The Effects of Sun Damage and How to Prevent Them
Outdoor activities are extremely popular, especially in the summer, and it can feel awesome to get outside and soak in some vitamin D. However, many underestimate the dangers of sun damage to their skin. Sunburn isn’t the first hint that your skin is being damaged; in fact, even tanning is a visible sign of sun damaged skin. Sun damage is one of the leading causes of visible aging on the skin, manifesting in the following ways:
- Pigmentation issues – Overexposure to the sun can lead to various uneven pigmentation issues, such as sun spots/age spots, freckles, and dark blotches on the skin.
- Wrinkles – While wrinkles naturally occur through normal aging, sun damage can accelerate the formation of wrinkles, partly because UV rays can cause a loss in collagen and elastin, two of the proteins responsible for maintaining healthy skin. Without these essential structural proteins, the skin can become thinner and more easily wrinkled.
- Leathery skin – Tough, leathery skin is also caused by excess sun exposure. Just as with wrinkles, this damage is largely due to the loss of collagen and elastin in the skin, causing skin to be less full and supple.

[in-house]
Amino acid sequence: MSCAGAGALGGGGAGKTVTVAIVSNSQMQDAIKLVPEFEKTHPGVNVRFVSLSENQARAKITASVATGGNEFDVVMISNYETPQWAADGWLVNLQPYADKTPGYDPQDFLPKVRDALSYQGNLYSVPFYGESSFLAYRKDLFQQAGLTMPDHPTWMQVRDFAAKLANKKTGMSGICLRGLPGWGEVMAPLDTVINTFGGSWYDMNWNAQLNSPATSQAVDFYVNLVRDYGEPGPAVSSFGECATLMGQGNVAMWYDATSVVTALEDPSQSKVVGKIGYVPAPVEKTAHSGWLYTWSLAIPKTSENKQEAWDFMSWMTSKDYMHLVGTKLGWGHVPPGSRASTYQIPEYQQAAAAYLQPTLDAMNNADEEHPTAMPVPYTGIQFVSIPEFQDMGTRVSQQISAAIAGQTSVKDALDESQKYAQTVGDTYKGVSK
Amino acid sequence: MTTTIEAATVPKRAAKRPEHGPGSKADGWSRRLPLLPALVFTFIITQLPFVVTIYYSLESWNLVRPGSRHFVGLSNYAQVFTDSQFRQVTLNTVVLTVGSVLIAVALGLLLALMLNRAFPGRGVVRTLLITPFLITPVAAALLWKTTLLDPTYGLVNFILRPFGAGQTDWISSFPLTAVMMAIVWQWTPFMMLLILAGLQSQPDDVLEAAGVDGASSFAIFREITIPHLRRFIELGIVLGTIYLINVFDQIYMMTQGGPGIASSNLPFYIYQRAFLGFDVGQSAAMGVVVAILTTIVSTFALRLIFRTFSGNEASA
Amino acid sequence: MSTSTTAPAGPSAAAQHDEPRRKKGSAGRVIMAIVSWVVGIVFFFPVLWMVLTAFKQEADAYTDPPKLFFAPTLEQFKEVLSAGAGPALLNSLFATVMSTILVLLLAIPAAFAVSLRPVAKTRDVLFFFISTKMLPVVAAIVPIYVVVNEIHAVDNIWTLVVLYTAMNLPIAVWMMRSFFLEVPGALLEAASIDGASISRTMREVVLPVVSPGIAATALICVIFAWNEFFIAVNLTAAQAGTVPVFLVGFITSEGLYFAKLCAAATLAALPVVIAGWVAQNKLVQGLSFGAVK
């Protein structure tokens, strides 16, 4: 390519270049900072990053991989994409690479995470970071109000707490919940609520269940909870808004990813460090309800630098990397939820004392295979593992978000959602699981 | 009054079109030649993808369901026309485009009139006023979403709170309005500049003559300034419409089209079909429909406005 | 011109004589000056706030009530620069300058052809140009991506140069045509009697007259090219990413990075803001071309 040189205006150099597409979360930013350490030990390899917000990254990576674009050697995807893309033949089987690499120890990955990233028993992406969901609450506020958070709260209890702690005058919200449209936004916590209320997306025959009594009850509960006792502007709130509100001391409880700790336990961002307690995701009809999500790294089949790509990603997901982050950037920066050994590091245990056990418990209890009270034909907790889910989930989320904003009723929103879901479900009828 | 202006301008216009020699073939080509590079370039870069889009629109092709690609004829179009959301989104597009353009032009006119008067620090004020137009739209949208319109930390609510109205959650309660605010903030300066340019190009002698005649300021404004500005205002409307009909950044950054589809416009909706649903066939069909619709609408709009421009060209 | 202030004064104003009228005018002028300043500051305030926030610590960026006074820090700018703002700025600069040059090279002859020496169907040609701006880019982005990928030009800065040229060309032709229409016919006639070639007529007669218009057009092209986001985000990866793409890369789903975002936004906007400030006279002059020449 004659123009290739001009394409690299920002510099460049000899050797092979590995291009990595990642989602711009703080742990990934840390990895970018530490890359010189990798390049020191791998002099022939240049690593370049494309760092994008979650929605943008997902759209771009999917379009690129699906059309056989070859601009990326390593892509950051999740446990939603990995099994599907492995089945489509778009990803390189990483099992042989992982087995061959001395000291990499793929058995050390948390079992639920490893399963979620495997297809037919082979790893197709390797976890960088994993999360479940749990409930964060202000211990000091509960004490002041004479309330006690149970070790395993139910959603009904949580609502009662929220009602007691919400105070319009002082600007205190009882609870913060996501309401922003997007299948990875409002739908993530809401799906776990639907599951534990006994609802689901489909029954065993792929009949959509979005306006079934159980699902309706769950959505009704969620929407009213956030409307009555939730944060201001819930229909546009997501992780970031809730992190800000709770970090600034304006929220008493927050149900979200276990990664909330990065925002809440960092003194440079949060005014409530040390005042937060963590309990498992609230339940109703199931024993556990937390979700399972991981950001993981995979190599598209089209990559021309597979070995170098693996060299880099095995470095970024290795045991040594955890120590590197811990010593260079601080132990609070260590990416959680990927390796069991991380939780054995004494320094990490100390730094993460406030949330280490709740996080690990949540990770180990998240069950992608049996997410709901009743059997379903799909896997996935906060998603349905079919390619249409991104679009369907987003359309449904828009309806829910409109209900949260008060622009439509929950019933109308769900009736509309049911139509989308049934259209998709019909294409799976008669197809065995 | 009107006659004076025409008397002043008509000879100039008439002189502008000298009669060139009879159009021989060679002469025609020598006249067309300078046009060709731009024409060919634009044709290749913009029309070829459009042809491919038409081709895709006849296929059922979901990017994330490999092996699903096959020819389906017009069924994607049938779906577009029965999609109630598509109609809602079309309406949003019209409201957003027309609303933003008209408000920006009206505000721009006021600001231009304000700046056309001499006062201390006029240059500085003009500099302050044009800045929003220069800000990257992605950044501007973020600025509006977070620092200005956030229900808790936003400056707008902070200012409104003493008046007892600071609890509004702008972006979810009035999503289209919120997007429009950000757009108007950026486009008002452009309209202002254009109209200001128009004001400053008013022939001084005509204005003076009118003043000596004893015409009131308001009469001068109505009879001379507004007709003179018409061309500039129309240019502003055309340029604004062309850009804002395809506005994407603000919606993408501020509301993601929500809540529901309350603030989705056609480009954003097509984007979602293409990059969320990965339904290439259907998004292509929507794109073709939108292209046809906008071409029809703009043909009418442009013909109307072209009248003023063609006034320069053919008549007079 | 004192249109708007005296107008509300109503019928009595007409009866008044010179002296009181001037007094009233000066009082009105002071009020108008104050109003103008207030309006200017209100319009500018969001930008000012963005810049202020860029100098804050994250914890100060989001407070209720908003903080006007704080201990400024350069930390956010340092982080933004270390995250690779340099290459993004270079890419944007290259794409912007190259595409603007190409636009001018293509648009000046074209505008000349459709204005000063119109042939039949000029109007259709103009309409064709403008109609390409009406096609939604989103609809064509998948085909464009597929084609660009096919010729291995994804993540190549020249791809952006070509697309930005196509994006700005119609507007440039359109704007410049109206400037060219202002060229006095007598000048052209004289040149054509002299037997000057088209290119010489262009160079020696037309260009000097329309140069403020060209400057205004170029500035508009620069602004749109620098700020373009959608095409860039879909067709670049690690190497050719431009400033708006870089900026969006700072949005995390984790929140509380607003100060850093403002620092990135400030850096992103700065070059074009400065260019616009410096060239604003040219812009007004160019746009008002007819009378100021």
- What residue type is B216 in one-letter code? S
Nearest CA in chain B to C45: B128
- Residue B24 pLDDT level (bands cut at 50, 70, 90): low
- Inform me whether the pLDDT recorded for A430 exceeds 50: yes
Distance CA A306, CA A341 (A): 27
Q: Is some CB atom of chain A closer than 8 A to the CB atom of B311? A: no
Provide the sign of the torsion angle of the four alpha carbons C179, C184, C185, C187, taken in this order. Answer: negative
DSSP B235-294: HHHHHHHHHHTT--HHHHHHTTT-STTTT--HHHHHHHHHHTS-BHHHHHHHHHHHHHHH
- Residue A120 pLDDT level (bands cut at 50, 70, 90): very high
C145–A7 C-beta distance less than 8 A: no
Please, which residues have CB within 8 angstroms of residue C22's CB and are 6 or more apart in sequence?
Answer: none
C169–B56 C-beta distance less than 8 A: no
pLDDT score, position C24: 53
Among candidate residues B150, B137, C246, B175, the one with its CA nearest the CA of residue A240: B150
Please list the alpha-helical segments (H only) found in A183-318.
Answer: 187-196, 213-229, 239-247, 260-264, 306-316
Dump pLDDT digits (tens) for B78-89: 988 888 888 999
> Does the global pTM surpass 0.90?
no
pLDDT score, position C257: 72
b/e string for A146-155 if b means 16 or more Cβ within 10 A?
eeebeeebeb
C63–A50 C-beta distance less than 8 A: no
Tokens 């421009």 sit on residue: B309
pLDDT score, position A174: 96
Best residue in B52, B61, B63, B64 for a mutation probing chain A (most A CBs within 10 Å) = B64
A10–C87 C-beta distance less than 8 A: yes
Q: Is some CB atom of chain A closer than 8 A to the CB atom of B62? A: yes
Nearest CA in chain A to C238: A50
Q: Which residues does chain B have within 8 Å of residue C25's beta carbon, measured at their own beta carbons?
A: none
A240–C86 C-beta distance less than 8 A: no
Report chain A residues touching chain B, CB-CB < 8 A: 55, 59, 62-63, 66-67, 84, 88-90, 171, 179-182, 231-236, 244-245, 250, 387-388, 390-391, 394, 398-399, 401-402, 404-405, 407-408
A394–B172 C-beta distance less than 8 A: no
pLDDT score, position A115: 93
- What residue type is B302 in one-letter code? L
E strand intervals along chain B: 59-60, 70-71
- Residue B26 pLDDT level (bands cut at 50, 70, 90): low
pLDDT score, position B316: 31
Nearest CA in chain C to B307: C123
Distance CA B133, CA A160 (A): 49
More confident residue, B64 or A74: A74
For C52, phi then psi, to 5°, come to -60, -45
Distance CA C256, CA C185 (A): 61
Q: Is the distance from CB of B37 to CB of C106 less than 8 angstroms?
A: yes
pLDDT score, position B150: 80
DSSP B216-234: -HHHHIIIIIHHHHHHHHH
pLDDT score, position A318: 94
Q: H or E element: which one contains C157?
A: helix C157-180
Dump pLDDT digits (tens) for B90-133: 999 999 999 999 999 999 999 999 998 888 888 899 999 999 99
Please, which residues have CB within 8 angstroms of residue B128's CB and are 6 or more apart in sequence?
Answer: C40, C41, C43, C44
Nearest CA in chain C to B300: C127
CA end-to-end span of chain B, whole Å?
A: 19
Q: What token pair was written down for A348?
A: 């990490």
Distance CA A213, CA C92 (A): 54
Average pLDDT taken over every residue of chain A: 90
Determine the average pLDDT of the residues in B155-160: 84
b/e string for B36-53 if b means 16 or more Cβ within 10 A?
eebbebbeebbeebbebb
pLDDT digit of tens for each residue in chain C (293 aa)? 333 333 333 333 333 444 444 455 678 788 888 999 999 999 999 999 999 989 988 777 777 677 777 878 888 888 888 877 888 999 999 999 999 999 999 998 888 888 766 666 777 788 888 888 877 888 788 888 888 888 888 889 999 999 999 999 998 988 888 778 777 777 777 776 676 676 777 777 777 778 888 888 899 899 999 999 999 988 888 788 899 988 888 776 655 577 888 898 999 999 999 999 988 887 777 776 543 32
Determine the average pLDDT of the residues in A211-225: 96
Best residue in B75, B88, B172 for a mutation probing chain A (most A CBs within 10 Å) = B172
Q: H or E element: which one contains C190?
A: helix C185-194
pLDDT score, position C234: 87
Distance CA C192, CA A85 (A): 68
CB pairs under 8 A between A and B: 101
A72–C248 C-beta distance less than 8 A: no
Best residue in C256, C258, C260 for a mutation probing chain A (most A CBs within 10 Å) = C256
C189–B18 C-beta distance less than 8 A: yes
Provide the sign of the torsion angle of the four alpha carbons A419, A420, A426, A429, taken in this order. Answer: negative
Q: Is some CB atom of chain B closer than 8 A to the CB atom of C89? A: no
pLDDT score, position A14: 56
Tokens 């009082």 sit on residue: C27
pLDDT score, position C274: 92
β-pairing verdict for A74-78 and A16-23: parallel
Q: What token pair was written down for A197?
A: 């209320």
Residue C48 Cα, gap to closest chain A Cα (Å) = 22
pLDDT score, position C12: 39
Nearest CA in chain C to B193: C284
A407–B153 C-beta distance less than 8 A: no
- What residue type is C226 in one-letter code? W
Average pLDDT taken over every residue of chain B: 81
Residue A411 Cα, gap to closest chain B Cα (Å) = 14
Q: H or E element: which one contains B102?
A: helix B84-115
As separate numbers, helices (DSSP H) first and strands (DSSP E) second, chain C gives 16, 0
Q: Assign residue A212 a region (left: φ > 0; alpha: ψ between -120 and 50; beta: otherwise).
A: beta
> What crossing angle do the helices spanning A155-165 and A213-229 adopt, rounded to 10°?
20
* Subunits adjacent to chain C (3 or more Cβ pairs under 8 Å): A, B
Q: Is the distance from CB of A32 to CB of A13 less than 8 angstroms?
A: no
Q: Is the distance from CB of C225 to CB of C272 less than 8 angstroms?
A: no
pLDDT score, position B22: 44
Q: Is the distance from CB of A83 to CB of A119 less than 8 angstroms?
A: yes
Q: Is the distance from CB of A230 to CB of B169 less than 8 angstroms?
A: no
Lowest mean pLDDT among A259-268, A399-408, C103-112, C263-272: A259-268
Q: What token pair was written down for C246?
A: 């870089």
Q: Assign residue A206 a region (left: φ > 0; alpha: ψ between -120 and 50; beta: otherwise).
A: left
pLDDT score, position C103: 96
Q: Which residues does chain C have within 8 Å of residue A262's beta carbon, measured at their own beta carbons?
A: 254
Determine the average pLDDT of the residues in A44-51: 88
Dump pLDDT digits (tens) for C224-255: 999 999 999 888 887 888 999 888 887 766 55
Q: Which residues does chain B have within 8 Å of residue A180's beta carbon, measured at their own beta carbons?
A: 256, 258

- Skin cancers – Skin cancer is the most serious threat of sun damage on skin. Excess sun exposure can cause dark spots, which can lead to malignant melanoma, and dry scaly patches known as actinic keratosis, which can also develop into skin cancer.
These visible signs of sun damaged skin are all part of photoaging, a term that’s used to describe changes to the skin caused by sun damage. But you don’t have to get burned; here are some of the best ways to fight and prevent photoaging and maintain healthy skin:
Minimize outdoor activity between 10 a.m. and 2 p.m.
Apply sunscreen regularly
Wear protective clothing
Note: When using retinol, it’s best to apply it at night since retinol can break down in the sun.